Former investor Collene Campbell testified she and her husband lost the money they were saving for a down payment on their granddaughter's first home, a grandson's college savings and the contents of a scholarship fund established in memory of another grandson, who died in 2001.

"James Lewis did not make a mistake in investing our money, he didn't invest it at all. ... He just stole it," Campbell said, fighting back tears. "We are suffering and yet all those thousands of nights (Lewis) could sleep and carouse while he was sucking the life blood from his victims."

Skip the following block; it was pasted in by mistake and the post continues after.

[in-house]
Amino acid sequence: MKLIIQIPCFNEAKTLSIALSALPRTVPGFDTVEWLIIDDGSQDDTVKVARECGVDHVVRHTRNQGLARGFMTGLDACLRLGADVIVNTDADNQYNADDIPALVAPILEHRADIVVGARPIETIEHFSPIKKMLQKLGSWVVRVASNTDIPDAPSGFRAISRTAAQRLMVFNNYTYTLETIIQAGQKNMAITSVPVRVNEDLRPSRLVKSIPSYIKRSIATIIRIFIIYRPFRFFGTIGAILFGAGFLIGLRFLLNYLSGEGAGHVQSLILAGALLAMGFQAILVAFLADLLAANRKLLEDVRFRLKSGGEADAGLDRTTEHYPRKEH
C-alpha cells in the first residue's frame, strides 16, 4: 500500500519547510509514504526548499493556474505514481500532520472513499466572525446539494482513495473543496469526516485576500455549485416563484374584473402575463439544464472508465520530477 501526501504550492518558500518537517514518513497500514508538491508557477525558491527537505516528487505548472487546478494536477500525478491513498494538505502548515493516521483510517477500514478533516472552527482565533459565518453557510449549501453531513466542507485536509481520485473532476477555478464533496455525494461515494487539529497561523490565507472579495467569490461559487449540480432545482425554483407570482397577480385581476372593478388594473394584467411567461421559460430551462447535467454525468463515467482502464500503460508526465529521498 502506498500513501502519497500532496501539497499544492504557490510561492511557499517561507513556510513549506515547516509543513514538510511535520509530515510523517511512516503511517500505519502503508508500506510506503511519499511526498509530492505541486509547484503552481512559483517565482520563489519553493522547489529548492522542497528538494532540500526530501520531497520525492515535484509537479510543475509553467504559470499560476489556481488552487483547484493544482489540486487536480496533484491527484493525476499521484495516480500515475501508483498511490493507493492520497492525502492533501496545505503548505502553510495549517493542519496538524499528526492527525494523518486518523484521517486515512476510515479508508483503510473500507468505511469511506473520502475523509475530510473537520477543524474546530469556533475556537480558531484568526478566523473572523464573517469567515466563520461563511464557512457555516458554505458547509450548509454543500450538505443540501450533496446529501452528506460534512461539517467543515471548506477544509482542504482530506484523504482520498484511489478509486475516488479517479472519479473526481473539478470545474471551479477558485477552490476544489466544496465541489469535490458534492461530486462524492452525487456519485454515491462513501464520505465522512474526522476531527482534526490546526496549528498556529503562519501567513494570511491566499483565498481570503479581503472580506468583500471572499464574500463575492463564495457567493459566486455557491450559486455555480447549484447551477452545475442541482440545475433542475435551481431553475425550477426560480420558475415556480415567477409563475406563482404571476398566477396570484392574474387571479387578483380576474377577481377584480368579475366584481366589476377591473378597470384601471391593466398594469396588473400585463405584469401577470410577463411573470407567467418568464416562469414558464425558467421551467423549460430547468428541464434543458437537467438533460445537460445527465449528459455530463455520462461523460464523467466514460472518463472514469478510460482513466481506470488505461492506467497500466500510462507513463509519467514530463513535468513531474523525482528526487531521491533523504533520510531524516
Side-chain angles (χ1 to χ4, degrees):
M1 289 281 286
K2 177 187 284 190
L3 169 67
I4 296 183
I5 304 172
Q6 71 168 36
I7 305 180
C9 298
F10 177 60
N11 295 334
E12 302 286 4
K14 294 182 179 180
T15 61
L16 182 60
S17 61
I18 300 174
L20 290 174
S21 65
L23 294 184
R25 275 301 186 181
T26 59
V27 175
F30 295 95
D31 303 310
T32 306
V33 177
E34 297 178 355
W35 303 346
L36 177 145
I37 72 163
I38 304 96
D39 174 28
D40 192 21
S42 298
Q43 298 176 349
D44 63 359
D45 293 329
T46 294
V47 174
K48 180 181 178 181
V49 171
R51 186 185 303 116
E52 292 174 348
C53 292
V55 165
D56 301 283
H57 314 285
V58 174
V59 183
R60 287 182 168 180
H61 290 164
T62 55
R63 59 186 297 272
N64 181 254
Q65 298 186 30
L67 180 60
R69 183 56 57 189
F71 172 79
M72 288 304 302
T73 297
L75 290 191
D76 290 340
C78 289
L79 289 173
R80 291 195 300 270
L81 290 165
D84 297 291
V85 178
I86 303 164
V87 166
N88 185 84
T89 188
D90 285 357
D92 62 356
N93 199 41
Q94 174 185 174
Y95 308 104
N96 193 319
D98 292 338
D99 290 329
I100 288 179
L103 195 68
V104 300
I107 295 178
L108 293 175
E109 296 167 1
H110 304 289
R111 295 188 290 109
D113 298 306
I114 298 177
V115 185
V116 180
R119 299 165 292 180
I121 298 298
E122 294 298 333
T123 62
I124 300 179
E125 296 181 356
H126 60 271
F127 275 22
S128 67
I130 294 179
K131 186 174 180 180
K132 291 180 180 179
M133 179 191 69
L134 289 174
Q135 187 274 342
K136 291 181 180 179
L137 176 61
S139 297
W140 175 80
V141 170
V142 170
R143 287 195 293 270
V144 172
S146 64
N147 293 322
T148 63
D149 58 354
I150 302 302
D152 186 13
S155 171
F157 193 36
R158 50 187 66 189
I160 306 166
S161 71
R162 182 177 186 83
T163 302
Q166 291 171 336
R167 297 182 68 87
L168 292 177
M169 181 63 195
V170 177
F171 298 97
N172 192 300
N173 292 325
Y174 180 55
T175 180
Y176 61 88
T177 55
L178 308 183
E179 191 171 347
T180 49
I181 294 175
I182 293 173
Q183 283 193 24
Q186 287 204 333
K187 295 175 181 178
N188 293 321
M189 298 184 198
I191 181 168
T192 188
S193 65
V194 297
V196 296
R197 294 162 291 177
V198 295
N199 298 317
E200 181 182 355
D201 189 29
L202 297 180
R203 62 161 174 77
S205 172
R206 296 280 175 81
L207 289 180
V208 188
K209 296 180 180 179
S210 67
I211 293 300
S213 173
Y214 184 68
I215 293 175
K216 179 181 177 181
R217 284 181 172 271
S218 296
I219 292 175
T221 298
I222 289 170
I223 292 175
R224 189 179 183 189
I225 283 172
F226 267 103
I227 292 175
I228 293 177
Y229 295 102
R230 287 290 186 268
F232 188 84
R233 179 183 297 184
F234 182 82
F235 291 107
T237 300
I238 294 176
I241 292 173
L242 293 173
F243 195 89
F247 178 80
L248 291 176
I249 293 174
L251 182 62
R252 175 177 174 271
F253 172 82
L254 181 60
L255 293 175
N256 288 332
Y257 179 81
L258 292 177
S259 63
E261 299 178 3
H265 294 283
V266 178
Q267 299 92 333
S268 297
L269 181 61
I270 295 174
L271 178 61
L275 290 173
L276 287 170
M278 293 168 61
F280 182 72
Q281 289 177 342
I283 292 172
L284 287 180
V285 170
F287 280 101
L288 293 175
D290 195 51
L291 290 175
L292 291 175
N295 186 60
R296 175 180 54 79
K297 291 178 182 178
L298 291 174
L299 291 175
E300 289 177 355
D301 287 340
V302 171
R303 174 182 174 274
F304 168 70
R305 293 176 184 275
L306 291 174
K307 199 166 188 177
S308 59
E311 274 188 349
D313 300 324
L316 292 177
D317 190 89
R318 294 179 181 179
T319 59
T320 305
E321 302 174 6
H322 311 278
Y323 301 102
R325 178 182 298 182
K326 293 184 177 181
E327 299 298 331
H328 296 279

"As long as you're able to raise money and keep paying the promised annual or monthly payments, you can keep going until you implode," Kane said. "And Mr. Lewis was about to implode when he was arrested."

Lewis told investors he was earning returns of 18 percent to 40 percent by leasing medical equipment, financing purchases of medical insurance, making commercial loans and buying and selling distressed businesses.

But prosecutors alleged that instead Lewis was using money from new investors to pay off the original ones -- something known as a Ponzi scheme.

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